Obviously there are many elements of the minister’s job which make good time management habits difficult. But just because it’s difficult doesn’t reduce the importance or mean it can’t be done. If you, the minister, are to be effective in the work of the Lord-in the face of all the problems-it’s absolutely essential to develop the “time management habit,” to apply some basic management concepts to your daily life.

The Need for Sound Management Principles Time has frequently been referred to as our most valuable resource. This is because it is the resource that controls the use of all our other resources-our abilities, talents, training, and experience. You, as a minister, have the ability and opportunity to love, lead, teach, console, help. How well you manage your time will determine how effective you are in utilizing your God-given resources.

The resource, time, is different from other resources. We all have equal shares-168 hours per week. A minister, an executive, the president, a homemaker, and a retiree all have exactly the same 168 hours.

Even if you are rich or persuasive, you can’t buy or talk others out of their share. If you need extra time this week to counsel with several emotionally disturbed people in your congregation, from where does it come? Cancel the picnic with the family? Cut out a couple hours’ sleep by working late or getting up at 5 A.M.? Skip your jogging this afternoon? Or cut your sermon preparation short (again) this week?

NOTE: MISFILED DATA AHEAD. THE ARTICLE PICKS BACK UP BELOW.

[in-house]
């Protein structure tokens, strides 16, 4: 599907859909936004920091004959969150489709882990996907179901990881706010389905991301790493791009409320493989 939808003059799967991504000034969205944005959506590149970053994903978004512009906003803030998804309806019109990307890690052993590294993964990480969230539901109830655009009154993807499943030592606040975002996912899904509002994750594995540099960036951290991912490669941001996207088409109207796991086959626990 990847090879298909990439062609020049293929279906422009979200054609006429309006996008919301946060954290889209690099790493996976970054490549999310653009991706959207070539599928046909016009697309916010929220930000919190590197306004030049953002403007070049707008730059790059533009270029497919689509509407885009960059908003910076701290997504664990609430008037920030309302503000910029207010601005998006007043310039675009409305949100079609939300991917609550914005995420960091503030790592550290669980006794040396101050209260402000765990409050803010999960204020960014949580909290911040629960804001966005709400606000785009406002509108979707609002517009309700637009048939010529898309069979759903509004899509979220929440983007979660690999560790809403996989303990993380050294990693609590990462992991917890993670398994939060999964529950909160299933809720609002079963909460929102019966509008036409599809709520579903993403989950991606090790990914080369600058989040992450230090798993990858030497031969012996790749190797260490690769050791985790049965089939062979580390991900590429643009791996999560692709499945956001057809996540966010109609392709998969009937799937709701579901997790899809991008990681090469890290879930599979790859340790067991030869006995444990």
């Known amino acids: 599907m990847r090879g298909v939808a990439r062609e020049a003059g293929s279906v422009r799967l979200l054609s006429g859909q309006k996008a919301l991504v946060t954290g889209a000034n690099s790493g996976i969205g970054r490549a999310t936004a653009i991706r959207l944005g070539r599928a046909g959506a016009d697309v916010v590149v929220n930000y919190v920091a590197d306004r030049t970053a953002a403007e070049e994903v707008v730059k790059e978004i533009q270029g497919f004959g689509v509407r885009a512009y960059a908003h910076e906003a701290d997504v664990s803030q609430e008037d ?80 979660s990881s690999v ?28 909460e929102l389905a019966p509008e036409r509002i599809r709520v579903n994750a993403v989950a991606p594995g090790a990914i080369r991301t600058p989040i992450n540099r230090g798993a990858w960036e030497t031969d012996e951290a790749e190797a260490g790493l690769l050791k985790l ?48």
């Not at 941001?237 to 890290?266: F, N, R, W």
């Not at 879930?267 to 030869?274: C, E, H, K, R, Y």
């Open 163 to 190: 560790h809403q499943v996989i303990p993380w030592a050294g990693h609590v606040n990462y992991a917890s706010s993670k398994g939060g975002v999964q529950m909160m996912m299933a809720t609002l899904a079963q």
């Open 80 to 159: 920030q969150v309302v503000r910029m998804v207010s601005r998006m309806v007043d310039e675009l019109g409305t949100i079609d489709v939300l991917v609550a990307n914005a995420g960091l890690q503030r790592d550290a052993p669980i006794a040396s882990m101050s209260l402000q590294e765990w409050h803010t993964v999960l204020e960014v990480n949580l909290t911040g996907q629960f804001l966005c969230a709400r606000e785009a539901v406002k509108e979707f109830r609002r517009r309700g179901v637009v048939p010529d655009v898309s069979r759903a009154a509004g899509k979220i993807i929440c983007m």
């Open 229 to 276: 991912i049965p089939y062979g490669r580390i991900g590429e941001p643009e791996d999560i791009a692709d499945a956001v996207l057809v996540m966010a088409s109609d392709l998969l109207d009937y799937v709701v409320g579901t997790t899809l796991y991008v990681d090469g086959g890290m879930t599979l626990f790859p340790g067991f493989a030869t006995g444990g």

Also, unlike capital resources, you can’t save up time, waiting for a better opportunity or until you have a plan. If you waste it, it’s gone. If you procrastinate, you’ve lost an opportunity-maybe forever.

Sometimes 168 hours sounds like a lot of time-a whole week! But if we consider all the commitments we have, most of us are left with precious few hours that we actually control (referred to as “discretionary time”). For example, “maintenance activities” usually occupy around ninety hours per week. These are spent in activities, such as eating, sleeping, getting ready for work, cutting grass, paying bills. If you are a minister of modest means, you Probably care for your own house and prepare your own tax return. Your maintenance time is high.

In addition, ministers often report fifty-hour work weeks or more. This leaves only twenty-eight hours to do everything else: time with family, community projects, personal growth activities (reading, seminars, and hobbies), time for recreation and leisure, and free time-time to goof off, relax and think about things. Most ministers I know are involved in many activities, including the diverse functions of the church, community projects, active family lives, and personal growth pursuits.